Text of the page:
Two years on, leopard census drill leads to nowhere
The first phase of the census in mid-2015 was done in association with the Wildlife Institute of India, followed by the second. Both phases studied habitation, pug marks and prey distribution. However, the third and last phase of the census, which needed direct and indirect reporting of leopards, could not be done.dehradun Updated: Jun 26, 2017 20:39 IST
DEHRADUN: What began as a major exercise to ascertain the leopard population in 2015 is yet to be completed in Uttarakhand, where the man-animal conflict has reached an alarming level.
The forest department will now have to restart the census all over again. “It’s challenging to complete this census which has practically come to a halt. If we ever have to monitor the population of leopards next, we will have to start all over again,” additional principal chief conservator of forest (APCCF) , wildlife and intelligence, Dhananjai Mohan told Hindustan Times.
The first phase of the census in mid-2015 was done in association with the Wildlife Institute of India, followed by the second. Both phases studied habitation, pug marks and prey distribution. However, the third and last phase of the census, which needed direct and indirect reporting of leopards, could not be done.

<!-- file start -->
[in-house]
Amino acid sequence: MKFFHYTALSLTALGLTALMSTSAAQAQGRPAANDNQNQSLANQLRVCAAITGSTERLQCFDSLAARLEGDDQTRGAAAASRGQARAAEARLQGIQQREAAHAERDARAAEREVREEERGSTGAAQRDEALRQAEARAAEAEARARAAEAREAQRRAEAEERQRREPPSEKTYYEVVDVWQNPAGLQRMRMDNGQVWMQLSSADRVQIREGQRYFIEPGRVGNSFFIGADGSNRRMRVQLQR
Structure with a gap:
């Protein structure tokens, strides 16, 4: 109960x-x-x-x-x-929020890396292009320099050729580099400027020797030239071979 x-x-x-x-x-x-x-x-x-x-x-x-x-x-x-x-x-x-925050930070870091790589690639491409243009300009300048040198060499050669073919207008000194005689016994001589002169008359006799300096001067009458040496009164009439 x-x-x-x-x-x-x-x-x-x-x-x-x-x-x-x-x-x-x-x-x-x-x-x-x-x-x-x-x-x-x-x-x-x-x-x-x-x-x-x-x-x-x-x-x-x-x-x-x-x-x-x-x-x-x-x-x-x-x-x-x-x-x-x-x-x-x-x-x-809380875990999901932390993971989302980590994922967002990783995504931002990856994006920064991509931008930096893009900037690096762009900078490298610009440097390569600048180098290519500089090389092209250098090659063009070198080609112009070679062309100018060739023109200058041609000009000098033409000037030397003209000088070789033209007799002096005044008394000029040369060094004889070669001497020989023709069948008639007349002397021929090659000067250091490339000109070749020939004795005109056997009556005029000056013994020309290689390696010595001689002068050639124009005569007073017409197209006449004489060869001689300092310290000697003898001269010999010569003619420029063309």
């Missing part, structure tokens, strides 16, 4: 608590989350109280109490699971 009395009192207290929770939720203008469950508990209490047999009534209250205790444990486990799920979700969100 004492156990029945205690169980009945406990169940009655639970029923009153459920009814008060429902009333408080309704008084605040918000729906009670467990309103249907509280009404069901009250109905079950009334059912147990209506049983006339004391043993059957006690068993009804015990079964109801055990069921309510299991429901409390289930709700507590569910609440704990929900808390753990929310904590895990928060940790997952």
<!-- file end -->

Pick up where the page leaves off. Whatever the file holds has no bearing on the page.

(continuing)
In its May 3 edition, Hindustan Times highlighted that a lack of camera traps with the forest divisions led to the suspension of the final phase of the survey. But the forest officers are highly doubtful of completing this process.
Based on unscientific method, the last census in 2008 estimated the leopard population at 2,335 in Uttarakhand. Camera traps were not used in that exercise. Though Corbett and Rajaji tiger reserves have their camera traps, they are not sufficient for the survey.
Due to the high man-leopard conflicts, there was a need to scientifically ascertain the population of leopards. As per the forest department, 604 people were killed from November 2000 to February 2016. Another 3,092 were left injured in leopard attacks.
One of the key reasons behind the conflict is believed to be the increasing population of leopards. So far, there are no scientific estimates to back this theory. “The first two phases have given a lot of scientific data which can be used further for population analysis,” Mohan said.
The high court’s order putting a ban on declaring leopards as ‘man-eaters’ and curbing the power of chief wildlife warden to give shoot at sight orders has put the forest officials in a fix. The forest department cannot even rescue such leopards as there are no facilities to house them. The officers have now constituted rapid and quick response teams in Tehri, Almora and Pauri to alleviate man-leopard conflicts.